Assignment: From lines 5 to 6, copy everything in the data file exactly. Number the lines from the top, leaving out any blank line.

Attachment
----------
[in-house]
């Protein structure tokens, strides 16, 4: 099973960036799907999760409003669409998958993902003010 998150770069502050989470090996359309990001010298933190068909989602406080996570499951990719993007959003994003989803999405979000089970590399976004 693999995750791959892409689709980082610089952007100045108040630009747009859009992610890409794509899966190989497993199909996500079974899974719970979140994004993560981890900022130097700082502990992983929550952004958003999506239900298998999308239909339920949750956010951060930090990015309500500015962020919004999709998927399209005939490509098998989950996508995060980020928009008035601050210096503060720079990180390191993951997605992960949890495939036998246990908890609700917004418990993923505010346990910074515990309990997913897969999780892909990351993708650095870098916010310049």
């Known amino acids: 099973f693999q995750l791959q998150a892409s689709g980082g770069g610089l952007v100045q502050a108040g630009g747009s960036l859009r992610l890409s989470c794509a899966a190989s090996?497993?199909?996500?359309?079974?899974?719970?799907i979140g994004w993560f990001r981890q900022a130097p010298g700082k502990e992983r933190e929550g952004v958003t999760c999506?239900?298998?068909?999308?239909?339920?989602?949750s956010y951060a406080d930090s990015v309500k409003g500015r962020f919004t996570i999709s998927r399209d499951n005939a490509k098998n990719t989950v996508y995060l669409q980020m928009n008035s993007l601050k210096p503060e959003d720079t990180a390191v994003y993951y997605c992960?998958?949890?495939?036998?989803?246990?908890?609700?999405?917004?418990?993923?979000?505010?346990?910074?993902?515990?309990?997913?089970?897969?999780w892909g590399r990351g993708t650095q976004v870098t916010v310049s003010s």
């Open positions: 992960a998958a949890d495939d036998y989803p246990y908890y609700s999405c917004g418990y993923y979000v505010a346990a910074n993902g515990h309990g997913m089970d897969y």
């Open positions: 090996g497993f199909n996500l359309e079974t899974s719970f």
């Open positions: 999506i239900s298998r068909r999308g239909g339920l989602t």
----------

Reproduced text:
């Open positions: 090996g497993f199909n996500l359309e079974t899974s719970f």
């Open positions: 999506i239900s298998r068909r999308g239909g339920l989602t």